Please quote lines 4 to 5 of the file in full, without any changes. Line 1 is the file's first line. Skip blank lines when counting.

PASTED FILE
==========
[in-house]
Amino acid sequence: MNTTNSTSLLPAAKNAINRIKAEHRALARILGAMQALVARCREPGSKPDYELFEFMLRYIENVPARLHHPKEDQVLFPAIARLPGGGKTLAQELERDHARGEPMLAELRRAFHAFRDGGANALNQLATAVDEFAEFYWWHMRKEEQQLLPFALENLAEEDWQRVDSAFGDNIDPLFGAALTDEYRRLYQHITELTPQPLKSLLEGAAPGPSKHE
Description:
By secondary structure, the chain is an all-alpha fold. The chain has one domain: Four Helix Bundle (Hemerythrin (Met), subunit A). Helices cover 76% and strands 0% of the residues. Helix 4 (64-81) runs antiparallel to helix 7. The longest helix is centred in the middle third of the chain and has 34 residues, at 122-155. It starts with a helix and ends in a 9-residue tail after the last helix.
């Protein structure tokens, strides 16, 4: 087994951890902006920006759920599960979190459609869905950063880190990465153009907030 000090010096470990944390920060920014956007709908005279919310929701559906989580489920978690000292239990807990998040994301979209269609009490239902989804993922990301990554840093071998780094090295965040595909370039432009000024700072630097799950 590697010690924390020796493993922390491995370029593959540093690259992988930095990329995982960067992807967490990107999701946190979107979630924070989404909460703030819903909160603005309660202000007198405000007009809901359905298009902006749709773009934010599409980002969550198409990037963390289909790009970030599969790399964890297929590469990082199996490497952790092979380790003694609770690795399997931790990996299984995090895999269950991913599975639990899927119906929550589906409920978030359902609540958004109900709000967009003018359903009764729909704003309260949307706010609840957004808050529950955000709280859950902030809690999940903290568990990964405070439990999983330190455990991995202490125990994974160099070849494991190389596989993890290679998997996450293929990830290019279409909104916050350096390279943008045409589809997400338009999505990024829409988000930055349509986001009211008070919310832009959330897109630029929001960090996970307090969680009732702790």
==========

By secondary structure, the chain is an all-alpha fold. The chain has one domain: Four Helix Bundle (Hemerythrin (Met), subunit A). Helices cover 76% and strands 0% of the residues. Helix 4 (64-81) runs antiparallel to helix 7. The longest helix is centred in the middle third of the chain and has 34 residues, at 122-155. It starts with a helix and ends in a 9-residue tail after the last helix.
């Protein structure tokens, strides 16, 4: 087994951890902006920006759920599960979190459609869905950063880190990465153009907030 000090010096470990944390920060920014956007709908005279919310929701559906989580489920978690000292239990807990998040994301979209269609009490239902989804993922990301990554840093071998780094090295965040595909370039432009000024700072630097799950 590697010690924390020796493993922390491995370029593959540093690259992988930095990329995982960067992807967490990107999701946190979107979630924070989404909460703030819903909160603005309660202000007198405000007009809901359905298009902006749709773009934010599409980002969550198409990037963390289909790009970030599969790399964890297929590469990082199996490497952790092979380790003694609770690795399997931790990996299984995090895999269950991913599975639990899927119906929550589906409920978030359902609540958004109900709000967009003018359903009764729909704003309260949307706010609840957004808050529950955000709280859950902030809690999940903290568990990964405070439990999983330190455990991995202490125990994974160099070849494991190389596989993890290679998997996450293929990830290019279409909104916050350096390279943008045409589809997400338009999505990024829409988000930055349509986001009211008070919310832009959330897109630029929001960090996970307090969680009732702790």